What’s important though is that none of these issues will distract the attention of the Cabinet and our policy focus for the country in terms of that innovation agenda which Malcolm Turnbull has championed, in terms of our focus on building the best possible tax system for the future in Australia, in terms of the hard work of trying to bring the budget back toward balance, recognising that will be a long and challenging task. And we’ll keep focused very much and squarely on the issues as a team working in Canberra, and those administrative matters are things that the party organisation takes care of.
Kieran Gilbert: Let me ask you about this report on literacy and numeracy – this is by the Australian Industry Group. It’s quite a worry; 44 per cent of Australian adults not having a level of literacy and numeracy at a level considered to be the minimum to operate in the workplace.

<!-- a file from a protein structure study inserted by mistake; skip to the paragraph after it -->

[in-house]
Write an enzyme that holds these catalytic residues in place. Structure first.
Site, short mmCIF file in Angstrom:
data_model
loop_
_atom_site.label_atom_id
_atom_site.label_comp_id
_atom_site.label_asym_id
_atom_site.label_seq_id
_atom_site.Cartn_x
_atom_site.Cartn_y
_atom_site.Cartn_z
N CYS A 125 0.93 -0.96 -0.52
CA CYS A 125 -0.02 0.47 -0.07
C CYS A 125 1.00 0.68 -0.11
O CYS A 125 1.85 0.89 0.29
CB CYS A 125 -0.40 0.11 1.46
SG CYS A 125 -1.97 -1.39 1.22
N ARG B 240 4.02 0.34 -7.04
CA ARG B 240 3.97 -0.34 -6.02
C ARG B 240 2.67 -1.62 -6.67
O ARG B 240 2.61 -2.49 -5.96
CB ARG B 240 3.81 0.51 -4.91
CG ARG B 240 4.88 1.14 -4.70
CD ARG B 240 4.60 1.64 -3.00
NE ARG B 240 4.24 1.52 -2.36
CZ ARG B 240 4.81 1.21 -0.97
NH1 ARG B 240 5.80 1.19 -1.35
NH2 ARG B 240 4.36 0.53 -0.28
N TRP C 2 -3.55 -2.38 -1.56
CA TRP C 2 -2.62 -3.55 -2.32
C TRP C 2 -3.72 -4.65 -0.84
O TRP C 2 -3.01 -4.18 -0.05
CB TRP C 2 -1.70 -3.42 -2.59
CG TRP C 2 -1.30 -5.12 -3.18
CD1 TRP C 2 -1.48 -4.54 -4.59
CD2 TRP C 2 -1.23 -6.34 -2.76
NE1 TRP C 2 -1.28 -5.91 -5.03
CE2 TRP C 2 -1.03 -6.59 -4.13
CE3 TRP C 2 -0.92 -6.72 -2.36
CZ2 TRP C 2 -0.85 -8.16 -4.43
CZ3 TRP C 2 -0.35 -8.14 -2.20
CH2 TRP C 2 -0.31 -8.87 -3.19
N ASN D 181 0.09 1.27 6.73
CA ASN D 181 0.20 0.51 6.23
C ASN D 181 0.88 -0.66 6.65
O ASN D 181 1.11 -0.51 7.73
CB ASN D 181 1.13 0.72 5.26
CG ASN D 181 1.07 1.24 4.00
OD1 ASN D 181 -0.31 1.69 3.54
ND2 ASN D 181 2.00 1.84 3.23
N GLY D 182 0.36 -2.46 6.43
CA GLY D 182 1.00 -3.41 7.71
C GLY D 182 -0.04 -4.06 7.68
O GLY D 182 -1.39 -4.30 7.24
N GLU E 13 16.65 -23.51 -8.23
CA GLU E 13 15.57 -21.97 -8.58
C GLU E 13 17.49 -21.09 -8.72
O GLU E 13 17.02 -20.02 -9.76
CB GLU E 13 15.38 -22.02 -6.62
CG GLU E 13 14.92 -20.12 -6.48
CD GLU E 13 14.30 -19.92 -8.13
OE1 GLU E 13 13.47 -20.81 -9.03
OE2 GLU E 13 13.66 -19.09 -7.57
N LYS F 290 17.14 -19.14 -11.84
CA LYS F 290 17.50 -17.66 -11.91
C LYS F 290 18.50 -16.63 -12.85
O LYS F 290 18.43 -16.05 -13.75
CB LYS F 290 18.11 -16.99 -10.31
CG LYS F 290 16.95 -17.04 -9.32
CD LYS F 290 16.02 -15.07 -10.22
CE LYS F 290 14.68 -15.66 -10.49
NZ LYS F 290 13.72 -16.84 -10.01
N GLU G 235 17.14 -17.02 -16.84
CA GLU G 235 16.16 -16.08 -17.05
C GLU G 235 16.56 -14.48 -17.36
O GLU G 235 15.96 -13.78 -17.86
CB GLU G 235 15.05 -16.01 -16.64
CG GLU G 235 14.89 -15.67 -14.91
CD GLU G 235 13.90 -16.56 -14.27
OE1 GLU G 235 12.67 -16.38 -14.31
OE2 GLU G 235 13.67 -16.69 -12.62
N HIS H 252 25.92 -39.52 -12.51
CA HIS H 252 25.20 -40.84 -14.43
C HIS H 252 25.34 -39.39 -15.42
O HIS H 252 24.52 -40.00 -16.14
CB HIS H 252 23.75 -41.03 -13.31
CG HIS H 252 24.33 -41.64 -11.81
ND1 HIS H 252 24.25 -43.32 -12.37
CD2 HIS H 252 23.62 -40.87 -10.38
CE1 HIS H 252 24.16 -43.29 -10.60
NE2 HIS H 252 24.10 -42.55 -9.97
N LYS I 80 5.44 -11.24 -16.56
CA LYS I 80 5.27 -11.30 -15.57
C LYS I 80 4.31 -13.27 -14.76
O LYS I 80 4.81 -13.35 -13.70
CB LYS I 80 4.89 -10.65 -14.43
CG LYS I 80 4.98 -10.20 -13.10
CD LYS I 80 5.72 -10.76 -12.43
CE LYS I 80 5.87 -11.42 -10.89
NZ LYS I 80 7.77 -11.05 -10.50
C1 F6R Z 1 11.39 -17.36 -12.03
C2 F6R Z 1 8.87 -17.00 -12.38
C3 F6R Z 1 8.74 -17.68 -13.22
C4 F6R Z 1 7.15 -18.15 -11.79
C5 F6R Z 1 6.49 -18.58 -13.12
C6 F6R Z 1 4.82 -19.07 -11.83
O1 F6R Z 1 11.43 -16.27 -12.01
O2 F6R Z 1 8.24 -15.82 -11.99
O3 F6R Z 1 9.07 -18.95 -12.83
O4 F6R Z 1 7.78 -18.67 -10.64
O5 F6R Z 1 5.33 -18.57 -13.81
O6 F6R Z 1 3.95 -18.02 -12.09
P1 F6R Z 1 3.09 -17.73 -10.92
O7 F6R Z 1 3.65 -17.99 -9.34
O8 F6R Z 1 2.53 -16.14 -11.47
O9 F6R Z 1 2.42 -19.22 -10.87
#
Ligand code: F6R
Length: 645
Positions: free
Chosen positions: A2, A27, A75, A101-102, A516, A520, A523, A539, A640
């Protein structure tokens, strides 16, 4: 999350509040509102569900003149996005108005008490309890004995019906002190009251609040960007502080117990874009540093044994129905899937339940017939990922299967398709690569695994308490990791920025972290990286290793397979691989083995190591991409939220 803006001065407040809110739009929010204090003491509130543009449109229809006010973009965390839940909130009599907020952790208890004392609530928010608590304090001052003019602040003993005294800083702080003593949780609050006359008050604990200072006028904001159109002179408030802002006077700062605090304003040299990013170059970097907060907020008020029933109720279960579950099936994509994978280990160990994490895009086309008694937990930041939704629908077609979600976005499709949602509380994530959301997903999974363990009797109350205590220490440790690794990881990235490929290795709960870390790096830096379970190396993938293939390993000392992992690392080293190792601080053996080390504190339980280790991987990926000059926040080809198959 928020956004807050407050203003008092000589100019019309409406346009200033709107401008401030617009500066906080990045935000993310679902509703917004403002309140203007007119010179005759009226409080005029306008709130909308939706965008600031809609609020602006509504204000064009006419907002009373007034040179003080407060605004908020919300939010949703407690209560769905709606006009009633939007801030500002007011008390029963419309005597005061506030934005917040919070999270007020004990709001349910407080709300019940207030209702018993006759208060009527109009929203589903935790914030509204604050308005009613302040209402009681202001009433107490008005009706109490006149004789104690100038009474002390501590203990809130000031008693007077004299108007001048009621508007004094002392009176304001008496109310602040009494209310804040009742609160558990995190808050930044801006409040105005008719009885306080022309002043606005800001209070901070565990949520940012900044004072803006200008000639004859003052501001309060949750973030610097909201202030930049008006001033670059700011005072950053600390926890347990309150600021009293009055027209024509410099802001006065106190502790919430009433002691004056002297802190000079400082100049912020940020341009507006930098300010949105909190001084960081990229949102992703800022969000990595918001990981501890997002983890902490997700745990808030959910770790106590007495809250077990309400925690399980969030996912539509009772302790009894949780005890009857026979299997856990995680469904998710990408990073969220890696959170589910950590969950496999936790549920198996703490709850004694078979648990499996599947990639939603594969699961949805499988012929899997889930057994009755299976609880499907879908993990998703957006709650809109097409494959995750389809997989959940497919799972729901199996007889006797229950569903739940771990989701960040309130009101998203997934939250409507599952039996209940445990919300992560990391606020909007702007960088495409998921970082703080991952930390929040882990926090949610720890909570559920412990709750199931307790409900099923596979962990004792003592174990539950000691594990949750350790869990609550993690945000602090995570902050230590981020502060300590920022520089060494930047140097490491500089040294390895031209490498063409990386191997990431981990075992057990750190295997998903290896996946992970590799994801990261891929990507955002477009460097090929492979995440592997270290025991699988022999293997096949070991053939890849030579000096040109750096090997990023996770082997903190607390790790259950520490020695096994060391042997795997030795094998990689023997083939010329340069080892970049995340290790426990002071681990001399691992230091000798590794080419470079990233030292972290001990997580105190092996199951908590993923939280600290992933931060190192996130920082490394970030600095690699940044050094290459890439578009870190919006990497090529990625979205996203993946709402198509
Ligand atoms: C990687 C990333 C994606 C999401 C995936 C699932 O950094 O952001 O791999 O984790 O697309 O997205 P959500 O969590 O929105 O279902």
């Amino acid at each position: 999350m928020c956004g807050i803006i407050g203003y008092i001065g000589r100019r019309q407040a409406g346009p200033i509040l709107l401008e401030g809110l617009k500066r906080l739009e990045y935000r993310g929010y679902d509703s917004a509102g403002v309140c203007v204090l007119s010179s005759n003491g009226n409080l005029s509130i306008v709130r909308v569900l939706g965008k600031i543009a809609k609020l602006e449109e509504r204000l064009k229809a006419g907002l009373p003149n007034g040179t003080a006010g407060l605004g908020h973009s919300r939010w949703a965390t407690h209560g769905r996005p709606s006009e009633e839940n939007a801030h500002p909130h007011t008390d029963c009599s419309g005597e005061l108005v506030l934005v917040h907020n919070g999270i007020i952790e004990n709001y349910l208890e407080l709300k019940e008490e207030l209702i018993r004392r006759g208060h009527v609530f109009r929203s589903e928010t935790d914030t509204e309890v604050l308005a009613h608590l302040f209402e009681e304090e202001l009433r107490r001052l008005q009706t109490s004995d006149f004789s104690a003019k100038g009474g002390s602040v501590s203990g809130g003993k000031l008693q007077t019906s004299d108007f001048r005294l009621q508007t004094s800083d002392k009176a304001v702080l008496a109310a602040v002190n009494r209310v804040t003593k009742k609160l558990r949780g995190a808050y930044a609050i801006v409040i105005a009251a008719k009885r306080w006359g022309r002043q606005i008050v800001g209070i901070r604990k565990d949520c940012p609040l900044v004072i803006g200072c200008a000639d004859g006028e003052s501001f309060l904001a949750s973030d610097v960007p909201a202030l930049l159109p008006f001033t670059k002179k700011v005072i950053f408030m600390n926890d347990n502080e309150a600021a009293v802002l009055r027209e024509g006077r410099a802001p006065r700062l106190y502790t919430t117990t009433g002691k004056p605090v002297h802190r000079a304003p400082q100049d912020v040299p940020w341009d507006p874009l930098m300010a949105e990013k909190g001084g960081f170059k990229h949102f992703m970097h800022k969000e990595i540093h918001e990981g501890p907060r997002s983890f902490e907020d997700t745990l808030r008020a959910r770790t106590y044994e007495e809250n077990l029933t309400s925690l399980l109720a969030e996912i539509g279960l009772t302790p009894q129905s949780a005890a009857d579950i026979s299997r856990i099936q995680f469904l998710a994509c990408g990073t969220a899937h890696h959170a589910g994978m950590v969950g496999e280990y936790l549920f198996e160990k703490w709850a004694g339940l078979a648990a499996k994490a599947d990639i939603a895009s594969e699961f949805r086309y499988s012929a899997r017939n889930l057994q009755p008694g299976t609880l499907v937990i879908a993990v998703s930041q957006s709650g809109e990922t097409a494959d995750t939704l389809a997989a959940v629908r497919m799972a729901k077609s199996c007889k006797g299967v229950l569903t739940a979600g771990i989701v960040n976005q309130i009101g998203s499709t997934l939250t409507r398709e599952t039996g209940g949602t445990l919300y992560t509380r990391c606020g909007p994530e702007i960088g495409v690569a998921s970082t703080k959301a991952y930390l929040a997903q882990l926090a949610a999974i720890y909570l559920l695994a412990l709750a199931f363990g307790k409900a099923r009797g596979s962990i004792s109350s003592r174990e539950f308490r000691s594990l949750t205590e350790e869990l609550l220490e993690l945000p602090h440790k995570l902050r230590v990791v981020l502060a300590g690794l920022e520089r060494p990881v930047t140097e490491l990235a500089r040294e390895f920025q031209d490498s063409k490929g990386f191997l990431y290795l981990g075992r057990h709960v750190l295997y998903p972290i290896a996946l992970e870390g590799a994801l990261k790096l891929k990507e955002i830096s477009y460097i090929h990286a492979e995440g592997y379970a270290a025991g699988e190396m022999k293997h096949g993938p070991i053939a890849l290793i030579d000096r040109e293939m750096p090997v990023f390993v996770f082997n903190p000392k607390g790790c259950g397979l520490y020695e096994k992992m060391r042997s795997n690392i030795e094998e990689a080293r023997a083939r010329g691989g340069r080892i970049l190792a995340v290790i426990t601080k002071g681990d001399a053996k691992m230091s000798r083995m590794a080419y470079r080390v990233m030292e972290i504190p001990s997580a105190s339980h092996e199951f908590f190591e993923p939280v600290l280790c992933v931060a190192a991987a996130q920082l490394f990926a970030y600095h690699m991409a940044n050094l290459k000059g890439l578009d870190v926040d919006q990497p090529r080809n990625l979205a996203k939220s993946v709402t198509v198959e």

Simon Birmingham: Look, it is a real concern Kieran, and it’s certainly anecdotal feedback that I’ve received over time from many employers, and it’s why as a Government we’re focused on some of the things in education policy that we know make the most profound difference to the outcomes for students. Areas like teacher quality standards, the national curriculum, and indeed the way in which we make sure that students are best delivered the type of learning environment in the classroom. And so through the Innovation Agenda we’re investing more in making sure that the best technology, the best resources are available for teachers. Through our teacher quality reforms we are putting in place a test that will apply from this year that ensures that every single new teacher graduate around the country must be within the top 30 per cent of all Australians for their literacy and numeracy standard, because we know that we must have the best quality teachers, and teachers who are able to demonstrate their competency in literacy and numeracy to be able to pass that on to students in the future.